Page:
Rhyolite is located 120 miles (190 km) northwest of Las Vegas. It was a mining town through and through. The Nevada gold rush of 1904-1907 was centered in three towns; Goldfield, Tonopah, and Rhyolite. All located along highway 95 (that still goes by the nickname “the loneliest highway in the world”.) Rhyolite’s short-lived prosperity ended permanently when its mines played out in 1909.
At the most Rhyolite had a population of 10 000. In 1907 they had electricity, when electricity still was a very rare commodity. The mining in Rhyolite was sponsored by prospectors from the East Coast. The whole town was dependent on their contributions. They had a bank, a casino, two schools, 50 (!) bars, a train station, and a general store among many other facilities, and homes. In 1907, shortly after getting electricity to town, the financial panic reach these parts of the world as well, and businesses started to shut down. In 1916 the light and power company shut down the power, and people started to leave town.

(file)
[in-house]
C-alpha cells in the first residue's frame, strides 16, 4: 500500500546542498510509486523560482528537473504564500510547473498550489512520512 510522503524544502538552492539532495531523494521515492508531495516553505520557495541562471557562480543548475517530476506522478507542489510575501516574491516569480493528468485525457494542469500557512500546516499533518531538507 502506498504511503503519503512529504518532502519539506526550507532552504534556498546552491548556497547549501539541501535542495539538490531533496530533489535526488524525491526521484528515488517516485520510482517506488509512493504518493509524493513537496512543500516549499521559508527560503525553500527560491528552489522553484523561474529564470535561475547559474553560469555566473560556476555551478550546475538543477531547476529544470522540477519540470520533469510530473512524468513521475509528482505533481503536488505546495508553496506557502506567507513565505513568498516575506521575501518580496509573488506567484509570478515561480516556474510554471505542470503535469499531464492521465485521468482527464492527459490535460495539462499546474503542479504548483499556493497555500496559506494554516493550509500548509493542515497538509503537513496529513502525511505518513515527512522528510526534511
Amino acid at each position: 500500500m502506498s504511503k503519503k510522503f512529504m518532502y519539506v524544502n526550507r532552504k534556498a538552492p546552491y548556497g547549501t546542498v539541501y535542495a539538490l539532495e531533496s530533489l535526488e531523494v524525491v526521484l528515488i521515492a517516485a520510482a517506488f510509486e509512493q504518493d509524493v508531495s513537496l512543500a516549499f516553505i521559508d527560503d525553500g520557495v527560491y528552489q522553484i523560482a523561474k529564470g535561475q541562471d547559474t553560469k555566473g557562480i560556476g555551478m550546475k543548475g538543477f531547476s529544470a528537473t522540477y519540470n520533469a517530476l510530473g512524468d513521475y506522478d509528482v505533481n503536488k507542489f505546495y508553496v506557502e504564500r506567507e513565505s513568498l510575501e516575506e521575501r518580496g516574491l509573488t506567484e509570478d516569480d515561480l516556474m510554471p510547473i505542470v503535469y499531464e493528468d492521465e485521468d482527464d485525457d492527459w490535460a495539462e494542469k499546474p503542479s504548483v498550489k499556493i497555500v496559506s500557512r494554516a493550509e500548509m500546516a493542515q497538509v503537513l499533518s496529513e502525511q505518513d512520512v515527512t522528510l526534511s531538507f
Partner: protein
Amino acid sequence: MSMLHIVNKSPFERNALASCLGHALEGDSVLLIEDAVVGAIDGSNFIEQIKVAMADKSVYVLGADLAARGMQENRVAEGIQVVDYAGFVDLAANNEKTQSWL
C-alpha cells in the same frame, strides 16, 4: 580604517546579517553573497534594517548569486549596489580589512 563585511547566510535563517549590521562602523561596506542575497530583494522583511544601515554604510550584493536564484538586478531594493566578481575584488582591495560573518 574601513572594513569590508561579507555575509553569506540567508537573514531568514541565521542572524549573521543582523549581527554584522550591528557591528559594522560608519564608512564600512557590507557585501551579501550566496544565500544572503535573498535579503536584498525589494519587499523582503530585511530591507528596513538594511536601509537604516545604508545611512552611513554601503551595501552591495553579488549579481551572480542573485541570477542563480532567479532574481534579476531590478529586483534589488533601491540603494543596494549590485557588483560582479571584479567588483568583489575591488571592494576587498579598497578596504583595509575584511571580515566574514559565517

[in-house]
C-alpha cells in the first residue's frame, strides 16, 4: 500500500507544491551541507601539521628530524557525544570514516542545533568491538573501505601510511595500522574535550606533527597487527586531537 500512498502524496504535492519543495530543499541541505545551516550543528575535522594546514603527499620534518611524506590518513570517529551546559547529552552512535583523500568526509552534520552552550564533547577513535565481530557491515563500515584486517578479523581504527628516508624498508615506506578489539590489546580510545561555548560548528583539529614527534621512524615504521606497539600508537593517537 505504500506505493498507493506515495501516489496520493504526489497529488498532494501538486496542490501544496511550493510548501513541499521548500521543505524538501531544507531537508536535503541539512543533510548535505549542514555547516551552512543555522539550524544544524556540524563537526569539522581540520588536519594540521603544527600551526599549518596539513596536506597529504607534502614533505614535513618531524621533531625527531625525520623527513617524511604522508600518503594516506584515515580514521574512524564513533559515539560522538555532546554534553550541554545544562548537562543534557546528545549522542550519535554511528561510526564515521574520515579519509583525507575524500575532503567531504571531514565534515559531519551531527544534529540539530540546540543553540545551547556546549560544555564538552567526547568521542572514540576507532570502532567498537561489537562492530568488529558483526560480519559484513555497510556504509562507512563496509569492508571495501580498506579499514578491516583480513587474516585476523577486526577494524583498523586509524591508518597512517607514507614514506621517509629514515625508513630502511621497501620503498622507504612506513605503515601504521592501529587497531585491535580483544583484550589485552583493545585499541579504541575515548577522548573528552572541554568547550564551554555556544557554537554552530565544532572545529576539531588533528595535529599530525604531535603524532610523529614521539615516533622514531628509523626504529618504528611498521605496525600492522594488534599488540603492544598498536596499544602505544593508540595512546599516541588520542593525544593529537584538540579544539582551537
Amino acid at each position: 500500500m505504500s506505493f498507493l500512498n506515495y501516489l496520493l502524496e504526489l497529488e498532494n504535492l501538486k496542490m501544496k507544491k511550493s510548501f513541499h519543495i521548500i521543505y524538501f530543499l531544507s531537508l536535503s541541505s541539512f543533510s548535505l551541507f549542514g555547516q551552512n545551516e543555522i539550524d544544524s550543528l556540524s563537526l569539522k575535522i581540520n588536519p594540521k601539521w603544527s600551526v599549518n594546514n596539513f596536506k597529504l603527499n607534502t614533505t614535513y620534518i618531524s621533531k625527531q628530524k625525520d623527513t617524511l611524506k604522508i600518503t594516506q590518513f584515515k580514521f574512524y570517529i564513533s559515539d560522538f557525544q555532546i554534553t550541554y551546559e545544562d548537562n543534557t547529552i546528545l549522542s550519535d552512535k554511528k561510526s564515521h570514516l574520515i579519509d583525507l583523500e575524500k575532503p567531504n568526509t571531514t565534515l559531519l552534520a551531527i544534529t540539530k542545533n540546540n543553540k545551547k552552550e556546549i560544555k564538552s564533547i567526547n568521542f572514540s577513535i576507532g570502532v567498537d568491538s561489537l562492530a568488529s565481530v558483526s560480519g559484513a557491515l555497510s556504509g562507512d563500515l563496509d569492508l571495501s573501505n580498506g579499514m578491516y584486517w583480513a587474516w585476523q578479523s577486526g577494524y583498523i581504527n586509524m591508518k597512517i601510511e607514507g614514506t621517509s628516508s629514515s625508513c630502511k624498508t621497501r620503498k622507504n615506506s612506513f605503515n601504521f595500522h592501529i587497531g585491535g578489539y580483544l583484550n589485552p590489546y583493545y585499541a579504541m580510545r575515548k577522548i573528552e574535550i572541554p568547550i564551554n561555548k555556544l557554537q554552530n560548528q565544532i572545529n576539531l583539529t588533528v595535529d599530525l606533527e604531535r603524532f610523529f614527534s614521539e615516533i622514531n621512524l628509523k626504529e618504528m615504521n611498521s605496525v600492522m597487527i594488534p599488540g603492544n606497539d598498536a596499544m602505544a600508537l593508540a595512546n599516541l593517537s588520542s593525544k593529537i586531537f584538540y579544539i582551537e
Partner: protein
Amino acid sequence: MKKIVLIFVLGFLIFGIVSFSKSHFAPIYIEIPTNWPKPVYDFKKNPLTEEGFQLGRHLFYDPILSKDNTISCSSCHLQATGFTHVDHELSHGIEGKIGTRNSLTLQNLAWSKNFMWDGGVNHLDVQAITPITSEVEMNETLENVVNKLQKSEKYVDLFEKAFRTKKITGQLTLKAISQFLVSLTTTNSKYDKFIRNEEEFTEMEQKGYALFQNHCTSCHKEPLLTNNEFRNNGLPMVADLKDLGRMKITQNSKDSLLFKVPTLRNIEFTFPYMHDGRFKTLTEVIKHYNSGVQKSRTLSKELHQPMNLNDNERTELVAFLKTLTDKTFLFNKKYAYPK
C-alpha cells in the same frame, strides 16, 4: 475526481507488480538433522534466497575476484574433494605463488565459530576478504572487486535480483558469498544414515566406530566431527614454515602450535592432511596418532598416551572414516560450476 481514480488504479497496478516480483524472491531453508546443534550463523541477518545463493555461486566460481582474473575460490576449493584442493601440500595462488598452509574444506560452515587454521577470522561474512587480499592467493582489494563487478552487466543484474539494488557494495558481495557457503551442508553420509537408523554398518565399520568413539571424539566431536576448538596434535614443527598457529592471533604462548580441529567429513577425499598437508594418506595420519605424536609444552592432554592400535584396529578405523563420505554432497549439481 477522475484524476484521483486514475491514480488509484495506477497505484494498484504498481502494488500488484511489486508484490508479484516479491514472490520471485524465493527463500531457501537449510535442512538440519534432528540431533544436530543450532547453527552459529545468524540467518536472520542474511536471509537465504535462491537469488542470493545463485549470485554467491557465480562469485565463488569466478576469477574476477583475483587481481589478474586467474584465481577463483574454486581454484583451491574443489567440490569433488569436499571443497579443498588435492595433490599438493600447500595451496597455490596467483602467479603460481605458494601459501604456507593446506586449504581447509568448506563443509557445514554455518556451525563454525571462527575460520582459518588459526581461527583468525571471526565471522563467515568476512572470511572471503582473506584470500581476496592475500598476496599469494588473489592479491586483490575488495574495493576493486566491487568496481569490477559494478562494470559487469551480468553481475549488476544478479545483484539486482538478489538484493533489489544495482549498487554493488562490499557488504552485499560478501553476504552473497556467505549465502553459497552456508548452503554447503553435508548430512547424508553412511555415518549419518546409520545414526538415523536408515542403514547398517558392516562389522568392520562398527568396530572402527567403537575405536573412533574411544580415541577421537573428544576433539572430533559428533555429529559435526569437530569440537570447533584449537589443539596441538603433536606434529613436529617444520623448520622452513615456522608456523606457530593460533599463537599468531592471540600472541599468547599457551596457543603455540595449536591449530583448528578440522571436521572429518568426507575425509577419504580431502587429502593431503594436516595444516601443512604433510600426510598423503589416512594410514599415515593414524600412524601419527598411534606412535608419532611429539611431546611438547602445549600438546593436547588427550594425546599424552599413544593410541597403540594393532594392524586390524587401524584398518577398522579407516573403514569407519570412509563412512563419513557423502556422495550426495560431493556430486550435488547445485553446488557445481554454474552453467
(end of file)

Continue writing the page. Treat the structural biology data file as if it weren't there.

Rumor says someone lived in this train car.
Rhyolite is one of the most well preserved ghost towns in Nevada, and worth a visit. The history, location (just outside Death Valley,) along with how well preserved it is makes this a great day trip, if you are visiting Las Vegas, or a fabulous stop on the way to Death Valley. The winters here are mild, the summers can be hot. It is possible to visit all year round. There is a free museum open to the public, it’s located right next to the art installation of The Last Supper, by Albert Szukalski, on the left side as you enter Rhyolite.
Beautiful mosaic bench, next to the museum, on the left side as you enter town.
I really enjoyed our visit to Rhyolite. Thanks for coming with me! If you enjoyed these ghost town posts, feel free to share them!